Farewell. The Flying Pig Has Left The Building.

Steve Hynd, August 16, 2012

After four years on the Typepad site, eight years total blogging, Newshoggers is closing it's doors today. We've been coasting the last year or so, with many of us moving on to bigger projects (Hey, Eric!) or simply running out of blogging enthusiasm, and it's time to give the old flying pig a rest.

We've done okay over those eight years, although never being quite PC enough to gain wider acceptance from the partisan "party right or wrong" crowds. We like to think we moved political conversations a little, on the ever-present wish to rush to war with Iran, on the need for a real Left that isn't licking corporatist Dem boots every cycle, on America's foreign misadventures in Afghanistan and Iraq. We like to think we made a small difference while writing under that flying pig banner. We did pretty good for a bunch with no ties to big-party apparatuses or think tanks.

Those eight years of blogging will still exist. Because we're ending this typepad account, we've been archiving the typepad blog here. And the original blogger archive is still here. There will still be new content from the old 'hoggers crew too. Ron writes for The Moderate Voice, I post at The Agonist and Eric Martin's lucid foreign policy thoughts can be read at Democracy Arsenal.

I'd like to thank all our regular commenters, readers and the other bloggers who regularly linked to our posts over the years to agree or disagree. You all made writing for 'hoggers an amazingly fun and stimulating experience.

Thank you very much.

Note: This is an archive copy of Newshoggers. Most of the pictures are gone but the words are all here. There may be some occasional new content, John may do some posts and Ron will cross post some of his contributions to The Moderate Voice so check back.


Sunday, December 18, 2011

The Rule of Law is for other people

By BJ Bjornson

How nice of Newt Gingrich to remind everyone of how absolutely bugfuck nuts he and his party actually are:

Newt Gingrich on Sunday hammered at the nation�s judiciary system, saying that if a court�s decision was out of step with American popular opinion, it should be ignored.

There�s �no reason the American people need to tolerate a judge that out of touch with American culture,� Gingrich said on CBS� Face the Nation, referring to a case where a judge ruled that explicit references to religion were barred from a high school graduation ceremony. And Gingrich recently has said judges should have to explain some of their decisions before Congress.

Host Bob Schieffer asked Gingrich how he planned to enforce that. Would you call in the Capitol Police to apprehend a federal judge, he asked.

�If you had to,� Gingrich said. �Or you�d instruct the Justice Department to send the U.S. Marshall in.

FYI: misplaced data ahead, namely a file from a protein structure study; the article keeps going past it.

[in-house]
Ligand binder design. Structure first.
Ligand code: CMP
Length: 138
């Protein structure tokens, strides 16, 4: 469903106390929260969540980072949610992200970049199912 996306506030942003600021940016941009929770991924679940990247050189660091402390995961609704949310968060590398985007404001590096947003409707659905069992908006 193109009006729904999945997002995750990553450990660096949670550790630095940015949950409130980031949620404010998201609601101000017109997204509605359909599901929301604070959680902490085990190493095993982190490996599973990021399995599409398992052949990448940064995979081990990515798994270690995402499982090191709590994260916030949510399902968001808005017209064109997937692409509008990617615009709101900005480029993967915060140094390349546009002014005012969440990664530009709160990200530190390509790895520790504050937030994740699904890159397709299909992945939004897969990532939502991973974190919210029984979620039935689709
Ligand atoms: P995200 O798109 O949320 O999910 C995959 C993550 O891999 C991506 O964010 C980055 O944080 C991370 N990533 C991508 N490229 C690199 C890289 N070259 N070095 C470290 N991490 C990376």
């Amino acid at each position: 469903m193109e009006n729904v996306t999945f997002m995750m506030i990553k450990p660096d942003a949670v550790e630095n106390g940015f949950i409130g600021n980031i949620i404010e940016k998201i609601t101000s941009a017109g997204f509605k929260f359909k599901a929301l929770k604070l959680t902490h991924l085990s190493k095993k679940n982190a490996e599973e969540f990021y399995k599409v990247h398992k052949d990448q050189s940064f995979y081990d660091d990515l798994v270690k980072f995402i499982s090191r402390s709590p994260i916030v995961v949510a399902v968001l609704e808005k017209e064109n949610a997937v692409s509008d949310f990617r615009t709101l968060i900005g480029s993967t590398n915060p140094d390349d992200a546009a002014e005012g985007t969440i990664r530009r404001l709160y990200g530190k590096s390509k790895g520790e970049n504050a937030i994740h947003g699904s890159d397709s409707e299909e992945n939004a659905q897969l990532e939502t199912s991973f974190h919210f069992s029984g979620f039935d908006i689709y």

This particular line of attack has been ongoing since the debate on Thursday, but is part and parcel of the Republicans ongoing assault against �activist� judges, meaning any judge who makes a ruling not in line with their ideology of the day, going back for nearly as long as I can remember from following such things, though even by those standards, Gingrich�s attacks are looking fairly radical.

In order to restore balance between Congress, the White House, and the courts, Gingrich recommended ignoring rulings, impeaching judges, subpoenaing justices to have them explain their rulings and, as a last resort, abolishing the courts altogether.

Well, I suppose once you start detaining people without trial, having courts to run those trials does seem kind of redundant. Still, this kind of idiocy should put to rest any lingering doubts about Newt being any kind of intellectual, though given the competition he�s currently running against, and the quality of the village media, that seems unlikely.


  1. "should put to rest any lingering doubts about Newt being any kind of intellectual"
    Oh, I fully accept that Newt is an "intellectual". A traitorously anti-democracy, fascist, totalitarianist intellectual, to be precise.

  2. I suspect once BO is wedged in for a second term, 'cause the other side are open about their insanity, he might take up some of the Newt's suggestions. Least regarding lower court rulings - the supremo's stuff he loves. Also I think there is a long ago precedent for the Newt's ignore stuff from the courts. The ethnic cleansing, man of the people, Andrew Jackson along with the peach state did so re: Worcester v. Georgia which became a nice tone setter for basic US ethos [ http://j.mp/sdhl7Q ]

  3. Geoff - I am certain there are even more recent examples, such as the Bush admin on warrantless wiretapping and some detention cases, but there is a major difference between an ethos of occasionally ignoring or bypassing the Courts and actually codifying that ability into the country's laws, not to mention singling out and punishing judges whose rulings you disagree with.